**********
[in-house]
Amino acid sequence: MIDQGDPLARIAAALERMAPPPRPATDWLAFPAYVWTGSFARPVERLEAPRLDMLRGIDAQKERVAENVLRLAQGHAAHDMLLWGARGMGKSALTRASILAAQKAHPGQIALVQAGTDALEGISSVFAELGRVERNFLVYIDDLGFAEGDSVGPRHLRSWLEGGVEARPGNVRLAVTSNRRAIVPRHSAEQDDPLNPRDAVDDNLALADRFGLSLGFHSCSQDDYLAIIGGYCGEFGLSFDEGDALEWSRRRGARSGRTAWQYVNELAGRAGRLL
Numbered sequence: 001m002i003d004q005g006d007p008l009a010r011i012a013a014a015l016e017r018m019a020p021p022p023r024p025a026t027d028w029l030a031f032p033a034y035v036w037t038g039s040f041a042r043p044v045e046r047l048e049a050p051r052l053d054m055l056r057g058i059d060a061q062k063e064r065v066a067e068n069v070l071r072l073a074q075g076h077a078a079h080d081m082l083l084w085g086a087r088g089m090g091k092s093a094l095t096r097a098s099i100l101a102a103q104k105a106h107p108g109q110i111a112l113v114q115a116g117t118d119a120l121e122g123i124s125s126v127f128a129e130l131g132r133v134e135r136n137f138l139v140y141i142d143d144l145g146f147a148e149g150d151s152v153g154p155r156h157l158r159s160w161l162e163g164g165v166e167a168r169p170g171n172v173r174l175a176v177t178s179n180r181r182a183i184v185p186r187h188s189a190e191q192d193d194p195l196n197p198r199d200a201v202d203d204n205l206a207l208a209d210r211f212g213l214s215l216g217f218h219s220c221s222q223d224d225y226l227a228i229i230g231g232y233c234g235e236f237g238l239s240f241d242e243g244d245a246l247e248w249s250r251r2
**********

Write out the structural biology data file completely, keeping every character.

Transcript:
[in-house]
Amino acid sequence: MIDQGDPLARIAAALERMAPPPRPATDWLAFPAYVWTGSFARPVERLEAPRLDMLRGIDAQKERVAENVLRLAQGHAAHDMLLWGARGMGKSALTRASILAAQKAHPGQIALVQAGTDALEGISSVFAELGRVERNFLVYIDDLGFAEGDSVGPRHLRSWLEGGVEARPGNVRLAVTSNRRAIVPRHSAEQDDPLNPRDAVDDNLALADRFGLSLGFHSCSQDDYLAIIGGYCGEFGLSFDEGDALEWSRRRGARSGRTAWQYVNELAGRAGRLL
Numbered sequence: 001m002i003d004q005g006d007p008l009a010r011i012a013a014a015l016e017r018m019a020p021p022p023r024p025a026t027d028w029l030a031f032p033a034y035v036w037t038g039s040f041a042r043p044v045e046r047l048e049a050p051r052l053d054m055l056r057g058i059d060a061q062k063e064r065v066a067e068n069v070l071r072l073a074q075g076h077a078a079h080d081m082l083l084w085g086a087r088g089m090g091k092s093a094l095t096r097a098s099i100l101a102a103q104k105a106h107p108g109q110i111a112l113v114q115a116g117t118d119a120l121e122g123i124s125s126v127f128a129e130l131g132r133v134e135r136n137f138l139v140y141i142d143d144l145g146f147a148e149g150d151s152v153g154p155r156h157l158r159s160w161l162e163g164g165v166e167a168r169p170g171n172v173r174l175a176v177t178s179n180r181r182a183i184v185p186r187h188s189a190e191q192d193d194p195l196n197p198r199d200a201v202d203d204n205l206a207l208a209d210r211f212g213l214s215l216g217f218h219s220c221s222q223d224d225y226l227a228i229i230g231g232y233c234g235e236f237g238l239s240f241d242e243g244d245a246l247e248w249s250r251r2